‘American Dreams’ by Peter Carey

American Dreams by Peter Carey, 1974

The magic trick:

A plot reveal that opens up the story’s symbolism and meanings even more than it opens up the plot

Personally, I think this story overstays its welcome by a few pages. It carries on beyond what I thought should’ve been the end (before the American Dreams commentary) and moves on to themes and ideas I didn’t expect or particularly want. I know, I know, who am I to say? But that’s just how I feel. Anyway, the third two-thirds of this story are brilliant. It really is a super-cool idea.

The premise is familiar: a neighbor doing something strange and mysterious. What could he be up to?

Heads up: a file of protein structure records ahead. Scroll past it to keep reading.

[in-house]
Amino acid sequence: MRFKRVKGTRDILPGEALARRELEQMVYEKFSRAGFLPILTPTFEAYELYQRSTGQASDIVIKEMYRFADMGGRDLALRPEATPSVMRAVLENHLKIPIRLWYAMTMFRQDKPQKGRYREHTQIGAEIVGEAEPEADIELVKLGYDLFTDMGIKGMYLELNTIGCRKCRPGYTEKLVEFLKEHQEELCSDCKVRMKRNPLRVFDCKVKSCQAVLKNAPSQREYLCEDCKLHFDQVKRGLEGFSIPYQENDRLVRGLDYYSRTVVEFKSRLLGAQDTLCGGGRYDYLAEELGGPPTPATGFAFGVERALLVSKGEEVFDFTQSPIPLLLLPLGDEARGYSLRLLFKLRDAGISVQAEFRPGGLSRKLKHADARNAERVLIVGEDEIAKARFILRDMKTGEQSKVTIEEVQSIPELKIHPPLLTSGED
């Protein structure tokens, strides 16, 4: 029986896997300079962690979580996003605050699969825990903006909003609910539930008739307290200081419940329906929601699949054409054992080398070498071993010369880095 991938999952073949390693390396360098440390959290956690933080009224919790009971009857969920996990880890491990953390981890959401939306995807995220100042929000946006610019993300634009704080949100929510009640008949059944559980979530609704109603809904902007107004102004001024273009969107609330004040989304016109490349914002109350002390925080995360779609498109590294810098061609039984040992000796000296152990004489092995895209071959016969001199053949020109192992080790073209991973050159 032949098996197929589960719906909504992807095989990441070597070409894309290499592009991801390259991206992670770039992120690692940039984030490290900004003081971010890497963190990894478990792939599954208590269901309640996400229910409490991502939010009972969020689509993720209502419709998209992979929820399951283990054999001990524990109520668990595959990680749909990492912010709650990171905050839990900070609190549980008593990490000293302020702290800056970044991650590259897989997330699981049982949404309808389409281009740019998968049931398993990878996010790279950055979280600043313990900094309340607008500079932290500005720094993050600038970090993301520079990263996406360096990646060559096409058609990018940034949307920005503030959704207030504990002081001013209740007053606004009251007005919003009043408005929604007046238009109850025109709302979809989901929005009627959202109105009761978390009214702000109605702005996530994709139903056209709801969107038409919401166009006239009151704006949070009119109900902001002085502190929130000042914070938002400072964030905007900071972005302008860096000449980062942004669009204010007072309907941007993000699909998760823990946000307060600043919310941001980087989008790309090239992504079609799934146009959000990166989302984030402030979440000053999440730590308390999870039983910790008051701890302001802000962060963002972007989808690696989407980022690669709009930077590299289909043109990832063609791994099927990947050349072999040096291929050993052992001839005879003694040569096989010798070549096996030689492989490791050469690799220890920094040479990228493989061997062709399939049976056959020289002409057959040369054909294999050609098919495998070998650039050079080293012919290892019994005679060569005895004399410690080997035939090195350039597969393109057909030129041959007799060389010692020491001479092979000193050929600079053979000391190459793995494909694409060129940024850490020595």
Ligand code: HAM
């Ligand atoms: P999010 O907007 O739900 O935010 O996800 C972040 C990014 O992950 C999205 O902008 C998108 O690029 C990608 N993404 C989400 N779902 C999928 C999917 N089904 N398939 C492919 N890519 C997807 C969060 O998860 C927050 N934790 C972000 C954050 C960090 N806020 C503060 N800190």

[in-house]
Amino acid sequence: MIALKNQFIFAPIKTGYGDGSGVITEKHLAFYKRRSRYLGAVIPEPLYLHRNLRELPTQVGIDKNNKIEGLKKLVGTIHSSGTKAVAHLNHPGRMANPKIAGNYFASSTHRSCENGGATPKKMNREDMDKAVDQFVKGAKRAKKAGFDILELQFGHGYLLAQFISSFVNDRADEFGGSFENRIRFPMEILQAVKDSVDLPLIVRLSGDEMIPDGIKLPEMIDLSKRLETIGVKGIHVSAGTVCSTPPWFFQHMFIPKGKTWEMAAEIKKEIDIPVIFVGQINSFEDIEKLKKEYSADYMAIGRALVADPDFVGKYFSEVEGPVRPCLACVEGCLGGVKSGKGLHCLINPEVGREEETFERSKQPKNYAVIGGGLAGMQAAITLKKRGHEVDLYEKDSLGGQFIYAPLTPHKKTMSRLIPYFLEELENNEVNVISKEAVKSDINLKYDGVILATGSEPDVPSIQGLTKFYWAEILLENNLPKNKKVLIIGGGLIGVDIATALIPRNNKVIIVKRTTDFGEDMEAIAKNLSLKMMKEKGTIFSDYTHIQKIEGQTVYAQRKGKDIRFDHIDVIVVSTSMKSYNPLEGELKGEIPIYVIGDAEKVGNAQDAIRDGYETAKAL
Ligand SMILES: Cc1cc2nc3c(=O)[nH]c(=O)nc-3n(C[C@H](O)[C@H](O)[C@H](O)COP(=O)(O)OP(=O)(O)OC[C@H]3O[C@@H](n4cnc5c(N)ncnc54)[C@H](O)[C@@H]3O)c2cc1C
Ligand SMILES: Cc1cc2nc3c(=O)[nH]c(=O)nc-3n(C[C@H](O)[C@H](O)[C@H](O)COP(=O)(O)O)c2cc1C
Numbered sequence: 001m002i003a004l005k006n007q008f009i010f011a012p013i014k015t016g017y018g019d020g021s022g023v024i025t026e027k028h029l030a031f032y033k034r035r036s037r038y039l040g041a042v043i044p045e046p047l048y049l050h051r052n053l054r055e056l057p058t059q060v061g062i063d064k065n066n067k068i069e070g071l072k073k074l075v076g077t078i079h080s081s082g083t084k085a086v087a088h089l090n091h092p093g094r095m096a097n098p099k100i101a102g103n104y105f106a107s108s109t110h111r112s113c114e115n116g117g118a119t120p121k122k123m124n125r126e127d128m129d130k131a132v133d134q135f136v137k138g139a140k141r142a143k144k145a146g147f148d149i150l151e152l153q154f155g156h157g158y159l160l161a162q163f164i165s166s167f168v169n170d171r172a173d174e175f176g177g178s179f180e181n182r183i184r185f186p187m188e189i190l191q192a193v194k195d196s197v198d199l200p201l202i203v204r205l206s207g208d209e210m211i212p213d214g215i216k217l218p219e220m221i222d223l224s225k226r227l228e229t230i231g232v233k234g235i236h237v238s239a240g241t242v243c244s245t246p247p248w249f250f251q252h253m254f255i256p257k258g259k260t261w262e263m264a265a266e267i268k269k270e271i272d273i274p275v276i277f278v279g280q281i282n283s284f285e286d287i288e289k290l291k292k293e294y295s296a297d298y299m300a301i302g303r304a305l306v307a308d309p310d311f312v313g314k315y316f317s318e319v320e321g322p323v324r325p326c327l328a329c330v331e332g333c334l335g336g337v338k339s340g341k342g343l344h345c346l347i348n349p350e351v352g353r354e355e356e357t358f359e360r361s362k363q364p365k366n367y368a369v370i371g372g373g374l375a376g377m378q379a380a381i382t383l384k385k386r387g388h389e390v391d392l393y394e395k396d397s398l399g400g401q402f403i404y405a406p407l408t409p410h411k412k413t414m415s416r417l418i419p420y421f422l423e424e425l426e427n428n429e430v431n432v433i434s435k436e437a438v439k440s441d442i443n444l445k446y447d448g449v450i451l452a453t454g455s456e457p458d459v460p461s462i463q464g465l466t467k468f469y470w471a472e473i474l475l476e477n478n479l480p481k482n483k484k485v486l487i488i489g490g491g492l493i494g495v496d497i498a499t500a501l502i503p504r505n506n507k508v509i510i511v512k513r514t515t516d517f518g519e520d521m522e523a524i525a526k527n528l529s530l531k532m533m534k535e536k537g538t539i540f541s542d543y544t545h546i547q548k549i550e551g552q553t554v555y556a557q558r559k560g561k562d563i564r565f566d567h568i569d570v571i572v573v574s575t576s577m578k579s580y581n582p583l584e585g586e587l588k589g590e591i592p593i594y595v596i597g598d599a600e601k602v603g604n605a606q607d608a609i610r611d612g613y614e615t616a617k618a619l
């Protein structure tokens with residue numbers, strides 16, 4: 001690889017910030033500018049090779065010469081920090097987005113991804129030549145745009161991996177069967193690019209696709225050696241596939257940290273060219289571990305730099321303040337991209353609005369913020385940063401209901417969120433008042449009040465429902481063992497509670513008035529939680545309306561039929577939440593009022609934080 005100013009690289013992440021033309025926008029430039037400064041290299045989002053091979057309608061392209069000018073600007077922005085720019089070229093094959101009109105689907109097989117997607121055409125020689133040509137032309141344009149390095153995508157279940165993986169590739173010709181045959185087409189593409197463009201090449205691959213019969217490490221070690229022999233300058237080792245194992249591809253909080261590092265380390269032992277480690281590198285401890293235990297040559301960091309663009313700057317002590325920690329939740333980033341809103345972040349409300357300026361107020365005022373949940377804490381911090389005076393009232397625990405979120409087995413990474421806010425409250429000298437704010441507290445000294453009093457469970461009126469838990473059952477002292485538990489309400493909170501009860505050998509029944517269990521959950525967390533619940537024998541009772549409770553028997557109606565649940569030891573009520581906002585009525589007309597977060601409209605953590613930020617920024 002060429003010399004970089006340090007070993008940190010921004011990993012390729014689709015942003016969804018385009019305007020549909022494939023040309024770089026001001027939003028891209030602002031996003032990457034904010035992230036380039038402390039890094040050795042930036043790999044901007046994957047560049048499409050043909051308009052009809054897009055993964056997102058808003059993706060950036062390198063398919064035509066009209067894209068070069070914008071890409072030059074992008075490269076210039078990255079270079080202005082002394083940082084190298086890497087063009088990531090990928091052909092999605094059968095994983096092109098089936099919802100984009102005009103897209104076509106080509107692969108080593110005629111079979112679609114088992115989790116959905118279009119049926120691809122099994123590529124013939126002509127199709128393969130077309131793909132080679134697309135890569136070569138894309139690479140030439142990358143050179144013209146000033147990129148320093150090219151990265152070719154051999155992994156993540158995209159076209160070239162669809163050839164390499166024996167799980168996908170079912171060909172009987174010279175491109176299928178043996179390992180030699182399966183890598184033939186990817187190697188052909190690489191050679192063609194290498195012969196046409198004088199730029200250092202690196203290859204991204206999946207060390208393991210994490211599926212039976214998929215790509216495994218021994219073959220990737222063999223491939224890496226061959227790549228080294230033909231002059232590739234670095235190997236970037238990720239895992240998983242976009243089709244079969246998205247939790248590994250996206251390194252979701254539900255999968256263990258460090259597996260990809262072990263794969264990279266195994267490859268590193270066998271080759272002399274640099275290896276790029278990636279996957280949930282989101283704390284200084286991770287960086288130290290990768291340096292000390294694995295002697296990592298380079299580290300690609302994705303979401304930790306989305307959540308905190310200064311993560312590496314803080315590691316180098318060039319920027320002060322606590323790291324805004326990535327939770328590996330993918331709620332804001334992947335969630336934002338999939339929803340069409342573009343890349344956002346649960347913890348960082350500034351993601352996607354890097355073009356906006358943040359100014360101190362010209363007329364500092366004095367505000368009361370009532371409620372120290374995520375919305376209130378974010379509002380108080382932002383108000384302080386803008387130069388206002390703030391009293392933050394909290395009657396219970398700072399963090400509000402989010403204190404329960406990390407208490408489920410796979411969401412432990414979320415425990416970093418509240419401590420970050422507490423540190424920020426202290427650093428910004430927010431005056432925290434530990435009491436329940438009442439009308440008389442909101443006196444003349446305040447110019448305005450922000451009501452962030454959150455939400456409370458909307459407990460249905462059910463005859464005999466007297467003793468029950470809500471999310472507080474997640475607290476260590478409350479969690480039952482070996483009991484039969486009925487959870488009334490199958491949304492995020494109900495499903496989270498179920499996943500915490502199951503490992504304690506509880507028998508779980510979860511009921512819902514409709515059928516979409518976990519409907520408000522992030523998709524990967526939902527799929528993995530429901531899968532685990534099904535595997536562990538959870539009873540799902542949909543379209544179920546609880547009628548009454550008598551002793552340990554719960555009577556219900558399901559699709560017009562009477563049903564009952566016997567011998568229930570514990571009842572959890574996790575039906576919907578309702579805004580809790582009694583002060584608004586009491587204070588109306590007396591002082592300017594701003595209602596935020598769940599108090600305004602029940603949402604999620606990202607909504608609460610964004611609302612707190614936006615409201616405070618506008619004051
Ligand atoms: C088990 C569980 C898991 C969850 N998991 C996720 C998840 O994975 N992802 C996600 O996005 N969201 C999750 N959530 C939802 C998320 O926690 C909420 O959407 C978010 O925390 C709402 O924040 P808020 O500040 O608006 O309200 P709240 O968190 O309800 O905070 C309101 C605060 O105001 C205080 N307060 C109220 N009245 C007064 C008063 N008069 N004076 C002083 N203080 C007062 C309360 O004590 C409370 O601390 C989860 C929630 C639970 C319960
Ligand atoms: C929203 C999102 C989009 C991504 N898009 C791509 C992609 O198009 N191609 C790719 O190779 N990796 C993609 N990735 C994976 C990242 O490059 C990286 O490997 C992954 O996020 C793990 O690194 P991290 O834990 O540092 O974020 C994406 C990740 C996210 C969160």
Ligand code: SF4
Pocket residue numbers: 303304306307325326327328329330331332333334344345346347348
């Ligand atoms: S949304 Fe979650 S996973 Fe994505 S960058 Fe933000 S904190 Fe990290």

The reveal is fascinating. Not only is it surprising, it’s a powerful symbol, opening up the story’s metaphor and meaning.

And that’s quite a trick on Carey’s part.

The selection:

Bald Hill towered high above the town, and, from my father’s small filling station, you could sit and watch the wall going up. It was an interesting sight. I watched it for two years while I waited for customers who rarely came. After school and on Saturdays, I had all the time in the world to watch the agonizing progress of Mr. Gleason’s wall. It was as agonizing as a clock.

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